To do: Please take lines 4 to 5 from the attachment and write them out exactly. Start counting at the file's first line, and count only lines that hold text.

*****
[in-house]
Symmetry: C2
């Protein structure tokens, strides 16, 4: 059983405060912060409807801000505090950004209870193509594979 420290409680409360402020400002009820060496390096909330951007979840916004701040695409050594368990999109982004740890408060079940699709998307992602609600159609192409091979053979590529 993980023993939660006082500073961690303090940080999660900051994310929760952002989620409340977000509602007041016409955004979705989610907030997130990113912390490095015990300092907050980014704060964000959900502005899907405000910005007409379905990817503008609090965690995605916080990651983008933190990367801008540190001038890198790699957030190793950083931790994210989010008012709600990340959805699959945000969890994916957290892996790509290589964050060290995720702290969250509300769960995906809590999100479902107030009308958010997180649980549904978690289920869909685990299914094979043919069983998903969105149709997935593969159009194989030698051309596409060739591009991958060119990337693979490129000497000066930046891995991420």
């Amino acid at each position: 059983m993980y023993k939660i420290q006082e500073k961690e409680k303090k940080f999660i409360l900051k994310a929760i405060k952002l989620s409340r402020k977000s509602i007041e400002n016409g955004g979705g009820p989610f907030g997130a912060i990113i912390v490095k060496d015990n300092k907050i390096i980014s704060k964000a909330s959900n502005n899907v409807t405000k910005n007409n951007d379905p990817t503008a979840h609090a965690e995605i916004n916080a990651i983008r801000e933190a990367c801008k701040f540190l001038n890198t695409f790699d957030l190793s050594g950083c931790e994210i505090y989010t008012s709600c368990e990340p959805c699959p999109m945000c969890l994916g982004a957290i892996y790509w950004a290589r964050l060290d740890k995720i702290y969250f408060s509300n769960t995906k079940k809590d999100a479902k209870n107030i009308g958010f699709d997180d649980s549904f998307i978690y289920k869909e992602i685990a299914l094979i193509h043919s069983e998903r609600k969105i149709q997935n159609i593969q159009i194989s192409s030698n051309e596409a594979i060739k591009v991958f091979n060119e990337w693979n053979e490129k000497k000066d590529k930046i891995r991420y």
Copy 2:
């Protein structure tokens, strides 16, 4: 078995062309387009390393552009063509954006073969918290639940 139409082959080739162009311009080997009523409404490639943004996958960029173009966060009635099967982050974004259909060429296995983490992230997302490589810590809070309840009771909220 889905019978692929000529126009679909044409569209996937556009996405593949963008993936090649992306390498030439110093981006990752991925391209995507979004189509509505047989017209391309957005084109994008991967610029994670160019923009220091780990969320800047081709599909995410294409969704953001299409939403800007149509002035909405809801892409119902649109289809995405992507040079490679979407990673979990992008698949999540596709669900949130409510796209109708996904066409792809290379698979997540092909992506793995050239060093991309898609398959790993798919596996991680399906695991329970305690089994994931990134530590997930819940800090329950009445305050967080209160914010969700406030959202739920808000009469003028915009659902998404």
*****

């Amino acid at each position: 059983m993980y023993k939660i420290q006082e500073k961690e409680k303090k940080f999660i409360l900051k994310a929760i405060k952002l989620s409340r402020k977000s509602i007041e400002n016409g955004g979705g009820p989610f907030g997130a912060i990113i912390v490095k060496d015990n300092k907050i390096i980014s704060k964000a909330s959900n502005n899907v409807t405000k910005n007409n951007d379905p990817t503008a979840h609090a965690e995605i916004n916080a990651i983008r801000e933190a990367c801008k701040f540190l001038n890198t695409f790699d957030l190793s050594g950083c931790e994210i505090y989010t008012s709600c368990e990340p959805c699959p999109m945000c969890l994916g982004a957290i892996y790509w950004a290589r964050l060290d740890k995720i702290y969250f408060s509300n769960t995906k079940k809590d999100a479902k209870n107030i009308g958010f699709d997180d649980s549904f998307i978690y289920k869909e992602i685990a299914l094979i193509h043919s069983e998903r609600k969105i149709q997935n159609i593969q159009i194989s192409s030698n051309e596409a594979i060739k591009v991958f091979n060119e990337w693979n053979e490129k000497k000066d590529k930046i891995r991420y």
Copy 2: